EDWIN MUIR grew old. His last book was called One Foot in Eden, which annoyed his wife WILLA because Edwin shouldn't even think about leaving her. They loved each other fiercely, opposite as they were. Willa told me with pride that in their lifetimes they had avoided regular employment. "We have lived by our wits." Edwin and Willa translated Kafka together. (Willa had better German.) She was assertive, bold, worldly, tempestuous. Edwin's poems looked into another universe, hovering with a luminous tender spirit above the earth. He was confrontational only to cant. I was young and full of myself when I told him that poetry was an embodiment of the duality of ... He snapped, "I do not listen to 'embodiments of dualities ...'"

Kenneth Rexroth

New Directions published KENNETH REXROTH'S poems, and I read him with pleasure and excitement beginning in my twenties and thirties. Long poems and short, I admired him and learned from him, his diction and his three beats a line. His radio talks on California NPR made his opinions public. A dedicated anti-academic, he bragged, "I write like I talk." Whatever his taste or careful grammar, I kept on admiring his poems as he kept on being nasty about me and my eastern gang. I thought of a happy revenge. Frequently I wrote essays for the New York Times Book Review, so I asked its editor if he'd like an appreciation of Kenneth Rexroth. Sincerely and passionately and with a devious motive, I wrote an essay to celebrate the poetry of Kenneth Rexroth. I imagined the consternation in California after my piece came out in the New York Times--the shock, the shame, possibly the reluctant pleasure. Mind you, he would not thank me. His publisher James Laughlin, mumbling out of the corner of his mouth, brought me a meager but appreciative word.

Seamus Heaney

SEAMUS HEANEY, Nobel Laureate 1995, was my friend in Ann Arbor, Dublin, London, and New Hampshire. A farmer's son from Northern Ireland, Seamus attended the University of Belfast with Michael Longley--the magnificent Northern Irish poet who won't get a Nobel because Seamus did. In 1972 Heaney moved south to Dublin out of disgust for sectarian violence. Was Seamus really my friend? How many Americans thought of Seamus as a friend? People wrote cherishing essays after he died--who met him only for an hour after a poetry reading, overwhelmed by a man who was being himself. Seamus was friendly by nature, funny, kind, witty, grossly intelligent, and a great poet. That is, he had the luck to be Irish. I've been to Ireland six or seven times, always delighted by the nation's good humor and gregariousness, not to mention its exuberant joy in poetry. The welcoming benignancy of Ireland's people--there must be exceptions like the Cyclops in Ulysses,-exceeds even Italy's or India's. That Seamus died at only seventy-four, a decade younger than me, was the horror of 2013.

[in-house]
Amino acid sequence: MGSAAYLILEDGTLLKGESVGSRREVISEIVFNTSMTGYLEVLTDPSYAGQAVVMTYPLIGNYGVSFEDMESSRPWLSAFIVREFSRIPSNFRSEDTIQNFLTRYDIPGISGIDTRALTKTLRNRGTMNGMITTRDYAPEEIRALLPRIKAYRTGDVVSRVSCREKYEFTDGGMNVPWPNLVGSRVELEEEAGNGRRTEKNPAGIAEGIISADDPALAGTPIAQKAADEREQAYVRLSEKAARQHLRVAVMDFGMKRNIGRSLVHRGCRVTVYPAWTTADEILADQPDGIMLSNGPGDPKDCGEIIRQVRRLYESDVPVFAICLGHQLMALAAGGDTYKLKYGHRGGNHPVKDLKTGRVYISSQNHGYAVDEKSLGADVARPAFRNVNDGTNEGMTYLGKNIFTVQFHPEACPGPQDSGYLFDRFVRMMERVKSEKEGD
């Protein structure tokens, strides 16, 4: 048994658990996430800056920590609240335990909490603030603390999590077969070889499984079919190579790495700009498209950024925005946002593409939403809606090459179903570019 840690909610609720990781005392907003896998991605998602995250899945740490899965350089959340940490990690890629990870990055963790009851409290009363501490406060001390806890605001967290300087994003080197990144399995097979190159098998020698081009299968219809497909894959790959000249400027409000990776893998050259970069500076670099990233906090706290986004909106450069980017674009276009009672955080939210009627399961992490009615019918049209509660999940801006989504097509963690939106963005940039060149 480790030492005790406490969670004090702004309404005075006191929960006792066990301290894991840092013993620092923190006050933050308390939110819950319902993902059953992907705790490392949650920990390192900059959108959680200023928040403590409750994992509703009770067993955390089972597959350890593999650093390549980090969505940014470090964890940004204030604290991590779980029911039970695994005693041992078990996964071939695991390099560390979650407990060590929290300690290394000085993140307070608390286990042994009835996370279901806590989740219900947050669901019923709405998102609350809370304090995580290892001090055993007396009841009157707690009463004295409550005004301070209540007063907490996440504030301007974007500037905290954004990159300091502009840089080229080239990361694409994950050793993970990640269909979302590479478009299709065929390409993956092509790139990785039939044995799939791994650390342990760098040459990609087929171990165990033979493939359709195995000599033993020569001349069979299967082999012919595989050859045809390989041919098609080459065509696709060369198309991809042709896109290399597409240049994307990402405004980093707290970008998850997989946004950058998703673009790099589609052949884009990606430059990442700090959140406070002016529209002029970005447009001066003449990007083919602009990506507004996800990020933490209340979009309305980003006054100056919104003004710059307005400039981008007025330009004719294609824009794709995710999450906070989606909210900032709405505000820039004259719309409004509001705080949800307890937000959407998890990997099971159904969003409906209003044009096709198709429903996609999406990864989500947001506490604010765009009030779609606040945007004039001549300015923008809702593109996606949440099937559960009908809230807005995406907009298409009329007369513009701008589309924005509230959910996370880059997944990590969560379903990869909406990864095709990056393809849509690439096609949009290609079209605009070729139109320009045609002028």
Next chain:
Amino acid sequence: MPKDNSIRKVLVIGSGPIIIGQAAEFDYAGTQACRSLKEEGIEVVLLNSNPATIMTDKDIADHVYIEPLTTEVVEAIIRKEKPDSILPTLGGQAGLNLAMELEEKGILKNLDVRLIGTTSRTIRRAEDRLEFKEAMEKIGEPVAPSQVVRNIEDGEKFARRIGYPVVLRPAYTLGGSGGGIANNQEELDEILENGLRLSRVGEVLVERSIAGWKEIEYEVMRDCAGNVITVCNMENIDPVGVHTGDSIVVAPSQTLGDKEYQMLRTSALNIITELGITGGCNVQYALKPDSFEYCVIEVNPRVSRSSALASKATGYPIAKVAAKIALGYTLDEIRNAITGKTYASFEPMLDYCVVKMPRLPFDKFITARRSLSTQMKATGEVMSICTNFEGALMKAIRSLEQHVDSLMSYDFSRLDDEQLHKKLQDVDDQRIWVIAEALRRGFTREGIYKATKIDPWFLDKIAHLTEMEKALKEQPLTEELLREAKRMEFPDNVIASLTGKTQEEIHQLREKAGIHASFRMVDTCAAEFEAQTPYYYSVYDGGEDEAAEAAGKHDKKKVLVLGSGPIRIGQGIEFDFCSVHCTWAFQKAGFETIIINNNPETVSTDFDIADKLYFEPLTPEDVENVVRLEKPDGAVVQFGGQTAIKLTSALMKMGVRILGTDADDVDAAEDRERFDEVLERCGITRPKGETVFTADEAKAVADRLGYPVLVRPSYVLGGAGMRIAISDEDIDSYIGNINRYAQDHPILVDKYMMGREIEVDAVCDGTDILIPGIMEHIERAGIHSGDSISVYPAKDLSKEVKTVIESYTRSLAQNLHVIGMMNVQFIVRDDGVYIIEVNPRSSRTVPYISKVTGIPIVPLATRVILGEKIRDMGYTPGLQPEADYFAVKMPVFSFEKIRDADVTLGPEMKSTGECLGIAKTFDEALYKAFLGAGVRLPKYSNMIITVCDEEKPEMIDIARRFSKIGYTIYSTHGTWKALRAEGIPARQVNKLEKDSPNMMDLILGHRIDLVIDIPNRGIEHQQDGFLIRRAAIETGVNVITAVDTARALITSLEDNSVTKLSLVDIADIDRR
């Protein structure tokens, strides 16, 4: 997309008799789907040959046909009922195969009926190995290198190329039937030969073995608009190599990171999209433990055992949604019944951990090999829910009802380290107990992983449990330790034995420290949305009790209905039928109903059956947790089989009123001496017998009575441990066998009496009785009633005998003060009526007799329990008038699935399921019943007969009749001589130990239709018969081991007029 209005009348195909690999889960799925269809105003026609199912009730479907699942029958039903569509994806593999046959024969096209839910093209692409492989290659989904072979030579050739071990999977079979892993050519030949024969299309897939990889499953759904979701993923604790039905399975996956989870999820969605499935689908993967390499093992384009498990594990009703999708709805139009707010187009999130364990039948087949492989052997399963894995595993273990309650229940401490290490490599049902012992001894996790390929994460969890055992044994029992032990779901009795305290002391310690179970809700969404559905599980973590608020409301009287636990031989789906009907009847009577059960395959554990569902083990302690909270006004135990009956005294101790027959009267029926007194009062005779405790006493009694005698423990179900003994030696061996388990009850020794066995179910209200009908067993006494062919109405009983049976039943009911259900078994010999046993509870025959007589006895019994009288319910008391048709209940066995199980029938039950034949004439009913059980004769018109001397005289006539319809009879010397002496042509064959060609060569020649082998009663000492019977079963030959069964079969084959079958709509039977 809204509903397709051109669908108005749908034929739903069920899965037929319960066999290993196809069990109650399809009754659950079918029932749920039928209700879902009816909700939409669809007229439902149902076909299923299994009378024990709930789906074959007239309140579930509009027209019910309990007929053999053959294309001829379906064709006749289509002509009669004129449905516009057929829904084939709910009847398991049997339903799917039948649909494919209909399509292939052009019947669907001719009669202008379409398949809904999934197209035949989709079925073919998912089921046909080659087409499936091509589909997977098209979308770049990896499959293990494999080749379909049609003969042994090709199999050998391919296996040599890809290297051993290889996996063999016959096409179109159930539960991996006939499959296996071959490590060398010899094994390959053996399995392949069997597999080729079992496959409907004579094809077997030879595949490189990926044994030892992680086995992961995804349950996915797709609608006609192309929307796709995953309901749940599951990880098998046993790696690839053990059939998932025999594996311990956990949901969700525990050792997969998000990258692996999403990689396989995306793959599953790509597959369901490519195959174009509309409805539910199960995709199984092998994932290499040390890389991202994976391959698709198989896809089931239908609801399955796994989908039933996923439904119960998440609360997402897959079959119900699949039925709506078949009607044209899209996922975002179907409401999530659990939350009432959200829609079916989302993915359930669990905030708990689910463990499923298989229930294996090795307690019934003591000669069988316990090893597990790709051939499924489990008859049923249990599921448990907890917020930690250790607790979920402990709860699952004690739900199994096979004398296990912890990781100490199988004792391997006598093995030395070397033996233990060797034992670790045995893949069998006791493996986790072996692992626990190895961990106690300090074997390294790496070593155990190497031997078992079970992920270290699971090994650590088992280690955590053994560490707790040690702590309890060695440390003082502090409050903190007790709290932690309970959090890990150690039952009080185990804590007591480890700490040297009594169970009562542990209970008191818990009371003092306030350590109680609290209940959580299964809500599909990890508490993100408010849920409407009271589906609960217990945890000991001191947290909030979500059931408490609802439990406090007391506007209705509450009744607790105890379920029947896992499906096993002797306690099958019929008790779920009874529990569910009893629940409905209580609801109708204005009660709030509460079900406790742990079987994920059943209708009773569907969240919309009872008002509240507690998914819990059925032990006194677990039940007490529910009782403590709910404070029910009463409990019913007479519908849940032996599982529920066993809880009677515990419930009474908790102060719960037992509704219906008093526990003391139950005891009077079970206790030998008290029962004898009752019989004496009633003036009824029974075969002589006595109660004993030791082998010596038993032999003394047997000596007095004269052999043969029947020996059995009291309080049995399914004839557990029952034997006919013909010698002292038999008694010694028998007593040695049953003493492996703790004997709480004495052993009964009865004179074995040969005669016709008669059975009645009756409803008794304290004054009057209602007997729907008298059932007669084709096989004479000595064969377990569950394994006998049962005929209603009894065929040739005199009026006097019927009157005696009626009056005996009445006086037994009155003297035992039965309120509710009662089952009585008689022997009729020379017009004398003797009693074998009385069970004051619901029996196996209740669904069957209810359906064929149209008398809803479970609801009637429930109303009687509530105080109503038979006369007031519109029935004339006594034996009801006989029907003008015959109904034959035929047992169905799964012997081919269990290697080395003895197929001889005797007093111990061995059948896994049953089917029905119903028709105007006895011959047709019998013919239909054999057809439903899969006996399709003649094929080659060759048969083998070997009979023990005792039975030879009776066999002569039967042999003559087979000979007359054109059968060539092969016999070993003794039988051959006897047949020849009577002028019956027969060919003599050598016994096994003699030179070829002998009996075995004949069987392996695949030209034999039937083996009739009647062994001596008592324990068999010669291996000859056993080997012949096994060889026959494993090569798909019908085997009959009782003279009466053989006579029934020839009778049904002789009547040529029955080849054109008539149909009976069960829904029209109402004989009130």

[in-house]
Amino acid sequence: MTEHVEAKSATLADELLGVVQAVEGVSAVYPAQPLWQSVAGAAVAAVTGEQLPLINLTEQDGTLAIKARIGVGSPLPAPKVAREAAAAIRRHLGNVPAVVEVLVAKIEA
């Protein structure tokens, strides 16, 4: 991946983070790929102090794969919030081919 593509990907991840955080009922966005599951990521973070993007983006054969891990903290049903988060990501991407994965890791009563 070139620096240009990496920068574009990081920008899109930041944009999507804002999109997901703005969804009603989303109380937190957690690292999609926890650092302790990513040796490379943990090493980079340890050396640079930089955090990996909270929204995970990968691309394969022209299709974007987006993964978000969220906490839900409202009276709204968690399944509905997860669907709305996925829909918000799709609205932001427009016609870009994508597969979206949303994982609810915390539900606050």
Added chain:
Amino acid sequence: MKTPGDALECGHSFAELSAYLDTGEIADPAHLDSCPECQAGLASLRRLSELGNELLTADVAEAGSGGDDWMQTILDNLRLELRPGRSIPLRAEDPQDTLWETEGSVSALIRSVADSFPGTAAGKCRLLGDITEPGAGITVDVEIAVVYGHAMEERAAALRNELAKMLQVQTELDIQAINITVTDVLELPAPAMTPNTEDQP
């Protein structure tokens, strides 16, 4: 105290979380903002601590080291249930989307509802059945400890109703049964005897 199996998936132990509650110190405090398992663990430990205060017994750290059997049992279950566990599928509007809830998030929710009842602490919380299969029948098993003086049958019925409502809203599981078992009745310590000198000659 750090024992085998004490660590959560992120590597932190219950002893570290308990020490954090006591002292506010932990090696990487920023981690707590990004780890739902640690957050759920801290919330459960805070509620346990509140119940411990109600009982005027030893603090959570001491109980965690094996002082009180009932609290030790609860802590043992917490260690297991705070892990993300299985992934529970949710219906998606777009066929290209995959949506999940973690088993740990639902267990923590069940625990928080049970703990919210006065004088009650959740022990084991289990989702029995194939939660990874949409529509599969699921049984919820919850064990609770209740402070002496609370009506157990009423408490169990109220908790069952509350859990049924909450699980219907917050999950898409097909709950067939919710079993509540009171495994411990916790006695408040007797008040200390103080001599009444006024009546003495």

He had visited the University of Michigan to read his poems in 1970 and 1974, brought by Bert Hornback, an English professor devoted to Seamus and his work. (Bert knew Seamus well from visits to Ireland. Bert went to Stockholm with Seamus. A devastated Bert attended his funeral.) In Ann Arbor I was stunned by Seamus's work and by Seamus. Much later, Bert had four of us read our poems together--Seamus, Wendell Berry, Galway Kinnell, and me. Saturday morning after Friday night's reading, Bert entertained us at his house with a three-hour breakfast. After eating omelettes we talked about poetry. Seamus defended Yeats against Galway's misgivings. I said some Thomas Hardy poems I knew by heart. Seamus, Wendell, and Galway each added favorite Hardys.

In 1979 Seamus with his wife Marie and their children visited Jane and me in New Hampshire. The two older boys were shy and quiet, but the little girl Catherine, only seven or eight, sat beside her mother on the sofa, their feet not touching the floor, the two of them singing Irish airs a cappella that filled the room with a delicate sweetness. That afternoon Seamus took a walk along the abandoned railway across Route 4. He came back holding in his hand a railway spike, which he took home to Dublin and kept in his study. When I was recovering from a cancer, Seamus sent me a broadside of his poem "The Spike." It hangs by my bed inscribed inside an orange wooden frame.